Follow These Tips To Excel In Situation Reaction Test (SRT)
The Situation Reaction Test (SRT) is one of the tests conducted during the Psychology Test. It is conducted on the second day of the five day selection process. However in boards like 2 AFSB Mysore the Psychology test are conducted on the first day itself for entries like MET. In this test, the candidates are expected to give out spontaneous and instinctive responses to certain stressful, unfamiliar and real to life situations.
A total of 60 situations are required to be addressed in 30 minutes, i.e. 30 seconds per situation. These are ‘real to life’ situations, which you may encounter in your day to day life, are given in a Booklet, in the form of statements which you have to complete by giving appropriate reactions. Due to a constraint of time, you will generally give a response, which would be close to your actual reaction, while facing similar situation in real life.
The following aspects must be borne in mind while attempting the SRT:
You must write your responses in the separate sheets given to you for the purpose and not inside the SRT Booklet.
Give your response to a situation in a methodical / step wise manner, which is brief, but complete in all aspects; e.g. if you see a road side accident, you must start by giving first aid (if available), followed by organizing transport to take injured person to hospital, then inform police authorities and lastly inform the next of kin of the injured person.
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Be realistic, and do not show illogical bravado or foolhardiness in your responses; e.g. fight alone with a number of hoodlums while returning from a late night movie show with your girl friend, or jump into a river to save someone, when you are told in the situation that you are a non swimmer.
However, if your honour is at stake, then you can even sacrifice your life to protect it; e.g. if the hoodlums tell you that we will not harm you, if leave your girl friend behind and walk away.
Do not show wishful behavior, by presupposing things to make your problem easier; e.g. should not imagine that police will come out of the ‘blue’ and apprehend the hoodlums.
Do not demonstrate panic in your behavior by writing phrases like, shout for help, cried out for assistance, etc.
You must show presence of mind and utilize various recourses available at your disposal to their fullest potential while giving out your reaction. Besides, it shall also show your general awareness and resourcefulness.
While giving your responses, you must never forget your moral responsibilities towards the society and show empathy in your responses while dealing with the ‘feelings of others’.
Most important is that you need to actually mould your thought process closest to what you portray in your responses. Because, somewhere or the other in your responses in SRT/TAT/WAT/SD, your true personality traits will be visible to the assessor and naturally, it will not match with the “prepared” responses given by you.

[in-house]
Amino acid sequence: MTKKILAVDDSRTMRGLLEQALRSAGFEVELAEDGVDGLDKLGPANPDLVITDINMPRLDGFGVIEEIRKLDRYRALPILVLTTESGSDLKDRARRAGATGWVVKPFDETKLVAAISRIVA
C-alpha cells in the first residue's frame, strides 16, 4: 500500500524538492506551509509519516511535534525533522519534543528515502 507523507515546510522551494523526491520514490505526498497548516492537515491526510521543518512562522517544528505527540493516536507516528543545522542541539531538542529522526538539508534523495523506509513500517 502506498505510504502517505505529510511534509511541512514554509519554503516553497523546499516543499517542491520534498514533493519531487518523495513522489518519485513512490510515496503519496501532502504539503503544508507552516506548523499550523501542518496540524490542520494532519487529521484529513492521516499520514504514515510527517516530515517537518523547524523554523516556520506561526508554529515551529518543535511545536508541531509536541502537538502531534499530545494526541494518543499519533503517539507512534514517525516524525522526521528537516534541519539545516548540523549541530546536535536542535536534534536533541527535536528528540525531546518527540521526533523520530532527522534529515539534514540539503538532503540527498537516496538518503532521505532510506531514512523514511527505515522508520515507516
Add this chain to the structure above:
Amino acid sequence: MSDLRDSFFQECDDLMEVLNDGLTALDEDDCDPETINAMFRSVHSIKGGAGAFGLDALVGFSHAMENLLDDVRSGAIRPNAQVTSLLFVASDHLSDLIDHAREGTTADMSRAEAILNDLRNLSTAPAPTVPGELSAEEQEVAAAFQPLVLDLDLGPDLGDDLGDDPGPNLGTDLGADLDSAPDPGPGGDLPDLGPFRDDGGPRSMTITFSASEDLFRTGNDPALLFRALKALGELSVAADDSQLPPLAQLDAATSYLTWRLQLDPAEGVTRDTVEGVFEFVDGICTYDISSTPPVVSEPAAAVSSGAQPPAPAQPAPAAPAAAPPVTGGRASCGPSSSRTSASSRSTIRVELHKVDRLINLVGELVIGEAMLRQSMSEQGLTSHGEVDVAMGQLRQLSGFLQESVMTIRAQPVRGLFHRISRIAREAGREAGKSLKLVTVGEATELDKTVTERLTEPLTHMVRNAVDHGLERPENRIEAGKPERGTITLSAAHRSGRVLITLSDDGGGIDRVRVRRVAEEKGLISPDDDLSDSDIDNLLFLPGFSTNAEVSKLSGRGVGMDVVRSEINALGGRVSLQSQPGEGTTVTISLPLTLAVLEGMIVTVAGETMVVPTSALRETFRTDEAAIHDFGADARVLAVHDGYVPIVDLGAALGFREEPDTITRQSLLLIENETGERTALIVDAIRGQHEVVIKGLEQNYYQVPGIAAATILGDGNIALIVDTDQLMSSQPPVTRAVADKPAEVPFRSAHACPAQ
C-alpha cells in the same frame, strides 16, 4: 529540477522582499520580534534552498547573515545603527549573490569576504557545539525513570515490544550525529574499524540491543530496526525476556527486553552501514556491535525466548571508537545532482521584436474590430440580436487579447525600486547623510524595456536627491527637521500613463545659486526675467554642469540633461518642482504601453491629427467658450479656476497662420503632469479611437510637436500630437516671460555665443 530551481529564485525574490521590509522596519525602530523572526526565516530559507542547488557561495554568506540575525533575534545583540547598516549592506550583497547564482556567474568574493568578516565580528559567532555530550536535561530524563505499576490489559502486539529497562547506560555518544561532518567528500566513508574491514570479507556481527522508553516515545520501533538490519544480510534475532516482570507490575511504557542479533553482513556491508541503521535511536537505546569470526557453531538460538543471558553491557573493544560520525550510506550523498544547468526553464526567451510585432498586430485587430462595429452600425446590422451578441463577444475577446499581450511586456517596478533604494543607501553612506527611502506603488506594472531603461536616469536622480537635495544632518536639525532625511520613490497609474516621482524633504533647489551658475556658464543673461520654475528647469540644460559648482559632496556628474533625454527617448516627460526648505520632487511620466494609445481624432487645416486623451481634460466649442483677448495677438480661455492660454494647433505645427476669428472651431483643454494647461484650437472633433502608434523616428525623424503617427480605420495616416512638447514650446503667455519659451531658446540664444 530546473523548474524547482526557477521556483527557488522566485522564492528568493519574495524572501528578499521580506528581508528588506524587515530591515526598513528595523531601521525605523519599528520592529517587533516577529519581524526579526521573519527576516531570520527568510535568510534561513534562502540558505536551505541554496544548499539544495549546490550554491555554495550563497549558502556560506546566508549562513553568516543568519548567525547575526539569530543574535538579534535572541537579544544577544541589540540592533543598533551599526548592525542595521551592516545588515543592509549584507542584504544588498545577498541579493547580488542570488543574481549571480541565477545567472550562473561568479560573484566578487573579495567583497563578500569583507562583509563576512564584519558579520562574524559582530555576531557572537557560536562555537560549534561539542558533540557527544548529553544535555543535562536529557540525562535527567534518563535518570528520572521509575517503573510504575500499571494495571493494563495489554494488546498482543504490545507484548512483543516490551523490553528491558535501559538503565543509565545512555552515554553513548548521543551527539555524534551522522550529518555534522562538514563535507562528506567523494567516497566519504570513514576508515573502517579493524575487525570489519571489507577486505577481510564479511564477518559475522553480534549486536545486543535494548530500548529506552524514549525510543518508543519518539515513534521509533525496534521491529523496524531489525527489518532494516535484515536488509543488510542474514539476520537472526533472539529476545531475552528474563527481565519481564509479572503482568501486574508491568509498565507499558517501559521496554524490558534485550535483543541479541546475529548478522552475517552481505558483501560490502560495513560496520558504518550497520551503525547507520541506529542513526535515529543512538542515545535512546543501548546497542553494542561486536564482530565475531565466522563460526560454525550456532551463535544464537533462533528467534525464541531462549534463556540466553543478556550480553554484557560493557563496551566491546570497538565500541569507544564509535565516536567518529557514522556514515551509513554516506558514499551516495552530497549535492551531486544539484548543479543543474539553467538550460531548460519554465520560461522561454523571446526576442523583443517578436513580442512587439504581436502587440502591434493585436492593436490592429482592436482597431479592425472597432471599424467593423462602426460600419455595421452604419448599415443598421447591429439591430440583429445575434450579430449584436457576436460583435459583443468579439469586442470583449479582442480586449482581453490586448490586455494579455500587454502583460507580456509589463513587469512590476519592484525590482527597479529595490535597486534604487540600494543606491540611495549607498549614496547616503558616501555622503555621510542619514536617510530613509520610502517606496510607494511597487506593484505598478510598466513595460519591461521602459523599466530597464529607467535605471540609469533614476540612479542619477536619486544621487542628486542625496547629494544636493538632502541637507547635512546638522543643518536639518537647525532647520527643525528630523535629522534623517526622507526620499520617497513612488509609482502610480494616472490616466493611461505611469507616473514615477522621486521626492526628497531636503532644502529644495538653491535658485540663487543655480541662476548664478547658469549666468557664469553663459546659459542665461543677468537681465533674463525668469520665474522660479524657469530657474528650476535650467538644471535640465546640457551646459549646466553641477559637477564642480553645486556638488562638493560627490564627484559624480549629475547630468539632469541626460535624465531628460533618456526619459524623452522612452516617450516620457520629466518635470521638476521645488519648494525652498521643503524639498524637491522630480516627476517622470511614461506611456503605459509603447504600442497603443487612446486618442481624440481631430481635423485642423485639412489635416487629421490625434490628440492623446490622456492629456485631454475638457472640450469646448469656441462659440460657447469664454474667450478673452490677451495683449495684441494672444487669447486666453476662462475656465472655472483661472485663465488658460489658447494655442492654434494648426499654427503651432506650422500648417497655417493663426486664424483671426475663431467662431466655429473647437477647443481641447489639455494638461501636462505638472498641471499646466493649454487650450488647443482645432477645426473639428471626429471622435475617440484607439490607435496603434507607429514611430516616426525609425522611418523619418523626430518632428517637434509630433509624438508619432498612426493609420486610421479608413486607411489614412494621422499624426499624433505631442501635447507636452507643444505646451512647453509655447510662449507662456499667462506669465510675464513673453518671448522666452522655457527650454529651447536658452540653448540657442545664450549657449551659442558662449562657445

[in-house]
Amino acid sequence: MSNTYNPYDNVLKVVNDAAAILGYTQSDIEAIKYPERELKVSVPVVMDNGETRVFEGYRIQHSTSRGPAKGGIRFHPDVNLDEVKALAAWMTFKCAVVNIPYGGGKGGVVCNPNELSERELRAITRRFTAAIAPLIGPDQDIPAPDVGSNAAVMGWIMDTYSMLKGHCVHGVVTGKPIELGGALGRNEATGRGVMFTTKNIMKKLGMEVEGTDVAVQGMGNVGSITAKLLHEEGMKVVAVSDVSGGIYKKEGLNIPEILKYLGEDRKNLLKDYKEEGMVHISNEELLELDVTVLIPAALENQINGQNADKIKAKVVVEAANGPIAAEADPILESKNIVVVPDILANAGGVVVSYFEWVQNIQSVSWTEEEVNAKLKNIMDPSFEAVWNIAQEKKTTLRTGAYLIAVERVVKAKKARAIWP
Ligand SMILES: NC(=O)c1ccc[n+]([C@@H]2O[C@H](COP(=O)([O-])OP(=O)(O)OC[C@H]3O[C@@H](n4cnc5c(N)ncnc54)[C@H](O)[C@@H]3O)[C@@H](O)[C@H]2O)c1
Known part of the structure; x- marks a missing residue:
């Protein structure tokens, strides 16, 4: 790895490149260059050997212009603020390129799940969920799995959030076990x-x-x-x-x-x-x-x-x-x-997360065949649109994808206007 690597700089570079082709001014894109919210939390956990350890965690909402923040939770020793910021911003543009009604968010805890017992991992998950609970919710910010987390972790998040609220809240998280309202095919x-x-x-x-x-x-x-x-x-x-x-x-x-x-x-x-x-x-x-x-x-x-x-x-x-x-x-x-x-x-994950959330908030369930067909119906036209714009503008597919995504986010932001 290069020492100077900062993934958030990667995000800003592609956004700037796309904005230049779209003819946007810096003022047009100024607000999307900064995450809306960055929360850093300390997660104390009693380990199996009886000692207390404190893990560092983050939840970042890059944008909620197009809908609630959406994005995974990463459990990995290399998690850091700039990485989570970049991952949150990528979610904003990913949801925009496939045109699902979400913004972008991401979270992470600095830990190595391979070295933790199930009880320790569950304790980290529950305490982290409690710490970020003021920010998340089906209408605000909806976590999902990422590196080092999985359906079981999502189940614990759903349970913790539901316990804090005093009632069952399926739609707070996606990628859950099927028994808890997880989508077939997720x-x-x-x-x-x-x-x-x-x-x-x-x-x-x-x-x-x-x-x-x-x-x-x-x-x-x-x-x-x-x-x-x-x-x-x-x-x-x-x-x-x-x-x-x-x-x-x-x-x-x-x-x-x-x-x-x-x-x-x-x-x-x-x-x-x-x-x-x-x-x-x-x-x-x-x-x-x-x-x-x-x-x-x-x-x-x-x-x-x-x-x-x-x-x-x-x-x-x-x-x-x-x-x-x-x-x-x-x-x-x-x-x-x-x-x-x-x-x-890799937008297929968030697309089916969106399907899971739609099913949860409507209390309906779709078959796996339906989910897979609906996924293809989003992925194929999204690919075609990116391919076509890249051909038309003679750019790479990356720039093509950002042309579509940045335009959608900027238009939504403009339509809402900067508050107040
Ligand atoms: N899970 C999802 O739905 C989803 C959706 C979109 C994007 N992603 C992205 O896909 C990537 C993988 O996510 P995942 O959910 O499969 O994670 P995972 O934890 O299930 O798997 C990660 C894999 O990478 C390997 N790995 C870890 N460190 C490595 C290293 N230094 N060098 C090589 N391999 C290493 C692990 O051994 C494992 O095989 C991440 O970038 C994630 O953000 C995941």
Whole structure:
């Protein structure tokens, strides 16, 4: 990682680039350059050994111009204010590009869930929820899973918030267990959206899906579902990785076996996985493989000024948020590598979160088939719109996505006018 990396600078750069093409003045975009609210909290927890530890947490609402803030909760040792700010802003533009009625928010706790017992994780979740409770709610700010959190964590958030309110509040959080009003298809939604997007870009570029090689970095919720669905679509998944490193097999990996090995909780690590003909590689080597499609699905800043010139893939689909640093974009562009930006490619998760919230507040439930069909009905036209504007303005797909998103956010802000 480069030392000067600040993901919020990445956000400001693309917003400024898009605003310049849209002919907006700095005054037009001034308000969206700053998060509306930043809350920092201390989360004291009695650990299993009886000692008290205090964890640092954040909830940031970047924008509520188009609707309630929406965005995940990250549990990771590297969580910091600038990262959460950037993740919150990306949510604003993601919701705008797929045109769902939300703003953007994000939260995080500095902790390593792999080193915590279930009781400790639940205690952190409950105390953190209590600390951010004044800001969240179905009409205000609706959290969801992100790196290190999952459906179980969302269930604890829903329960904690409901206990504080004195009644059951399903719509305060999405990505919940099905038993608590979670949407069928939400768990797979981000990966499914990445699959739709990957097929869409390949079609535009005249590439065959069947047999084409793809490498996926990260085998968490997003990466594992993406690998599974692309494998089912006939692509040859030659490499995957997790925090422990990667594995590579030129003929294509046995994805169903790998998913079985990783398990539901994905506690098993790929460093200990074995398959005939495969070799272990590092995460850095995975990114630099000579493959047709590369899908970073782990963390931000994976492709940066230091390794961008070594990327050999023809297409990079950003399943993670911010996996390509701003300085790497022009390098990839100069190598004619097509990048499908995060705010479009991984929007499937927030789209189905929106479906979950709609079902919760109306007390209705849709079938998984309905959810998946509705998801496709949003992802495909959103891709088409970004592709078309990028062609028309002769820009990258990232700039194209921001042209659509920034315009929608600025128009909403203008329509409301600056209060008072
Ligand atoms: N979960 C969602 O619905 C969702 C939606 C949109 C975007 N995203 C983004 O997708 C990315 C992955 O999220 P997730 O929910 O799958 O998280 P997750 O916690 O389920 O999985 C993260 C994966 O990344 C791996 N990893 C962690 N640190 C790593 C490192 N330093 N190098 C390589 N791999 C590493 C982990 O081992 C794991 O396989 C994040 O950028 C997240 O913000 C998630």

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Different Types of Responses Given By Candidates:
Action Oriented Responses
In these responses the action is executed and completed. These are considered to be the best responses, and reflect the qualities of a candidate, who is self sufficient, self-reliant and a “doer”.
For example, “he jumped into the river and saved the boy”; “She along with other students controlled the fire by using fire fighting equipment available in the college”.
Make sure that all intermediary actions are written and the outcome is completed, e.g. called fire brigade, mobilised help, used local resources to contain fire, assisted in evacuation of victims and finally controlled the fire effectively.
Starts Action but Leaves it Incomplete
In such responses, the candidate plans, but shows a doubt with respect to the execution/completion of the task; e.g. he will try to catch the thief; such responses reflect lack of determination, inept self confidence and all those specific qualities to which the situation is related.
Responses that shows that the candidate lives in a fantasy world and in which the candidate often jumps to conclusions; e.g. He participated in Olympics and got a gold medal. It might show lack of self awareness or a defence mechanism of the candidate to glorify a quality that is deficient with him/her.
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Unable to Complete Response
This happens due to high level of stress on the candidate, presented by the situation. Such responses by the candidate are interpreted by the psychologist as, from a highly stress prone candidate or that the candidate is unable to grasp the situation correctly or his speed of thinking process is slow, etc.
Leaving Blank SRTs
Invariably, a candidate will leave blanks, as he is unable to handle that particular emotion appropriately and is incapable to responding to it. Hence, that particular personality trait or quality would be found deficient with that candidate.
Finally, your responses will be assessed against the information given by you in your PIQ Form and will be cross checked during the Board Conference with your projected behaviour in GTO and Interview technique.
Since, you are required to give your responses in the form of “thoughts, feelings and actions” and is given against the constraint of time you will not be able to “fabricate a response” and hence, your true self will be clearly visible through your responses.
Therefore, I would advice all aspirants to always do a ‘timed practice’ and be ‘true’ to you while practicing for SRTs.
Later, analyse your responses and identify the areas of your personality that you need to calibrate and bring it into the zone desired at the SSB.
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Thematic Apperception Test – Click Here
Situation Reaction Test – Click Here
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